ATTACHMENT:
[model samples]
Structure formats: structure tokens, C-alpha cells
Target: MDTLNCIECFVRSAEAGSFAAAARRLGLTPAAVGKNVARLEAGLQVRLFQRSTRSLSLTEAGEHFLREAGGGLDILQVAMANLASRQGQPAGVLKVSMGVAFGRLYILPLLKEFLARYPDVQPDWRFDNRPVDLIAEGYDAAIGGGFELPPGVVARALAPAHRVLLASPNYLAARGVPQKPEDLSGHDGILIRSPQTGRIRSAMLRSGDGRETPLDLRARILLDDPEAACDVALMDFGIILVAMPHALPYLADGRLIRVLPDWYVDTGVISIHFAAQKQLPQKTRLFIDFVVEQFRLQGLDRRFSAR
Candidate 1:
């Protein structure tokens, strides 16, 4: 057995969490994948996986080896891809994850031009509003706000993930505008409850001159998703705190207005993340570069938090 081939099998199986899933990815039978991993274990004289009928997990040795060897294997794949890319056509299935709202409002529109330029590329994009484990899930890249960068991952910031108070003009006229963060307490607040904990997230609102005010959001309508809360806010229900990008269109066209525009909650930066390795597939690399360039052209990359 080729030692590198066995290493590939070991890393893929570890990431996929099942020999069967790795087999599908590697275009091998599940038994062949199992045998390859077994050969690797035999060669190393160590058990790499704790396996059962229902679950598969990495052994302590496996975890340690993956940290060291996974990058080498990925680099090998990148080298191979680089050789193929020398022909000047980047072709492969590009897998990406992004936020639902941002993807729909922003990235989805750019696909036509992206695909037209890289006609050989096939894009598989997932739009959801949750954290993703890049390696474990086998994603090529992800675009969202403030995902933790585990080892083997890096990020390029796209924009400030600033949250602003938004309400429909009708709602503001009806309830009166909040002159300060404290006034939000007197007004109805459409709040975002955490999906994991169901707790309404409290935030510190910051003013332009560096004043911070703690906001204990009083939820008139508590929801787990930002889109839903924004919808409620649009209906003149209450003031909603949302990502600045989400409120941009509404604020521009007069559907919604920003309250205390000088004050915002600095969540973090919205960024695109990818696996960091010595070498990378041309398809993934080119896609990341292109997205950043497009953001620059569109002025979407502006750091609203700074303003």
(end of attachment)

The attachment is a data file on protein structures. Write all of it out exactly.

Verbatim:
[model samples]
Structure formats: structure tokens, C-alpha cells
Target: MDTLNCIECFVRSAEAGSFAAAARRLGLTPAAVGKNVARLEAGLQVRLFQRSTRSLSLTEAGEHFLREAGGGLDILQVAMANLASRQGQPAGVLKVSMGVAFGRLYILPLLKEFLARYPDVQPDWRFDNRPVDLIAEGYDAAIGGGFELPPGVVARALAPAHRVLLASPNYLAARGVPQKPEDLSGHDGILIRSPQTGRIRSAMLRSGDGRETPLDLRARILLDDPEAACDVALMDFGIILVAMPHALPYLADGRLIRVLPDWYVDTGVISIHFAAQKQLPQKTRLFIDFVVEQFRLQGLDRRFSAR
Candidate 1:
């Protein structure tokens, strides 16, 4: 057995969490994948996986080896891809994850031009509003706000993930505008409850001159998703705190207005993340570069938090 081939099998199986899933990815039978991993274990004289009928997990040795060897294997794949890319056509299935709202409002529109330029590329994009484990899930890249960068991952910031108070003009006229963060307490607040904990997230609102005010959001309508809360806010229900990008269109066209525009909650930066390795597939690399360039052209990359 080729030692590198066995290493590939070991890393893929570890990431996929099942020999069967790795087999599908590697275009091998599940038994062949199992045998390859077994050969690797035999060669190393160590058990790499704790396996059962229902679950598969990495052994302590496996975890340690993956940290060291996974990058080498990925680099090998990148080298191979680089050789193929020398022909000047980047072709492969590009897998990406992004936020639902941002993807729909922003990235989805750019696909036509992206695909037209890289006609050989096939894009598989997932739009959801949750954290993703890049390696474990086998994603090529992800675009969202403030995902933790585990080892083997890096990020390029796209924009400030600033949250602003938004309400429909009708709602503001009806309830009166909040002159300060404290006034939000007197007004109805459409709040975002955490999906994991169901707790309404409290935030510190910051003013332009560096004043911070703690906001204990009083939820008139508590929801787990930002889109839903924004919808409620649009209906003149209450003031909603949302990502600045989400409120941009509404604020521009007069559907919604920003309250205390000088004050915002600095969540973090919205960024695109990818696996960091010595070498990378041309398809993934080119896609990341292109997205950043497009953001620059569109002025979407502006750091609203700074303003």